More than 200 million schoolchildren, parents, teachers, celebrities and government officials worldwide today lathered up in the third annual United Nations-backed Global Handwashing Day, designed to show how simple soap and water can save millions of lives a year.
Diarrhoeal diseases and acute respiratory infections kill more than 3.5 million children under the age of five annually, but washing hands with soap and water, especially at critical times after using the toilet and before handling food, helps reduce these diseases by more than 40 per cent and 23 per cent respectively. Yet this simple behaviour is not practiced regularly.
In Afghanistan, more than 67,000 under-five children die every year from these diseases.
This year the Day’s theme, ‘More than just a day,’ aims to make this life-saving practice a regular habit long after the sun sets this evening. The Global Public-Private Partnership for Handwashing with Soap, which includes the UN Children’s Fund (UNICEF), is rolling out new tools to help developing countries transform hand-washing to a positive habit.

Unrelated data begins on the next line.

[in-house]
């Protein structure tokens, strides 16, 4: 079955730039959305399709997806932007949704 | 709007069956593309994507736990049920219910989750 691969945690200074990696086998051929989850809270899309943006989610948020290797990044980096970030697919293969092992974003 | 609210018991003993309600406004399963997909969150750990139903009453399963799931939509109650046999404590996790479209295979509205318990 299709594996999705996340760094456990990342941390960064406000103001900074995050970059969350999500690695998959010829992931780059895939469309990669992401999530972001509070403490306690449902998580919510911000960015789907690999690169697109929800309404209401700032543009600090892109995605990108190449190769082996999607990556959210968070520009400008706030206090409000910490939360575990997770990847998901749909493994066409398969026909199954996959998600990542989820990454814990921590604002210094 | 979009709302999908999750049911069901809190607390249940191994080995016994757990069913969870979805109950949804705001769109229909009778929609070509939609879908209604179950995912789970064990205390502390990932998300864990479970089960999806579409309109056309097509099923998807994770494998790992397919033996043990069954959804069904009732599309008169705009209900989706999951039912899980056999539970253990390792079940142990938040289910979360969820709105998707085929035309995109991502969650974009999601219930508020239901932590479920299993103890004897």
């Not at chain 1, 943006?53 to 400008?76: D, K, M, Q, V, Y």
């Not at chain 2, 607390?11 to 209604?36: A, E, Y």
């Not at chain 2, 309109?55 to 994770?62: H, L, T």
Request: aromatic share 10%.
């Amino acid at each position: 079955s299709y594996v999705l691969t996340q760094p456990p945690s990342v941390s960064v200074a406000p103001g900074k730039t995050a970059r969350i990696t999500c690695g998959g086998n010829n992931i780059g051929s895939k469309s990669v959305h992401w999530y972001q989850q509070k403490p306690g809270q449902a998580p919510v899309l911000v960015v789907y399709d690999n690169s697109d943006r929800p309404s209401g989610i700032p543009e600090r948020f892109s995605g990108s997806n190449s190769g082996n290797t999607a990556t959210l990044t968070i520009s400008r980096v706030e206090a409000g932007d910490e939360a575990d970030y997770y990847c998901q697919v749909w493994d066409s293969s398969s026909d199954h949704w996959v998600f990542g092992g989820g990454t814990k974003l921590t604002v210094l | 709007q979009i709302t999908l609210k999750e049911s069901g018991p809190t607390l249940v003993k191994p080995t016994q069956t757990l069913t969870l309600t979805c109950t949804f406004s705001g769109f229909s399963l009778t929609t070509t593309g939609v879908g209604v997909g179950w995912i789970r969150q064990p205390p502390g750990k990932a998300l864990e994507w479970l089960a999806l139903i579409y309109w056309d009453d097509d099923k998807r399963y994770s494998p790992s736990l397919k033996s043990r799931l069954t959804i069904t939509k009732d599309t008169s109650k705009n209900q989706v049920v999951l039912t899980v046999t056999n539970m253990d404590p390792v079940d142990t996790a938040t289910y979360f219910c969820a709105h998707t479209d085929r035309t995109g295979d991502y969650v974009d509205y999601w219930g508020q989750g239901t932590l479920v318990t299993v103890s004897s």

Today the message was brought to playgrounds, classrooms, community centres, public spaces and the air waves, with activities ranging from a hand-washing parade in Sri Lanka to radio and television spots in Guinea to installing taps on water tanks in Fiji as part of a nationwide campaign to facilitate hand-washing.
The Partnership was established in 2001 to give families, schools, and communities in developing countries the power to prevent diarrhoea and respiratory infections by supporting the universal promotion and practice of proper hand-washing with soap at critical times.
It also includes the participation of the World Bank; Procter & Gamble; and the Johns Hopkins University School of Public Health.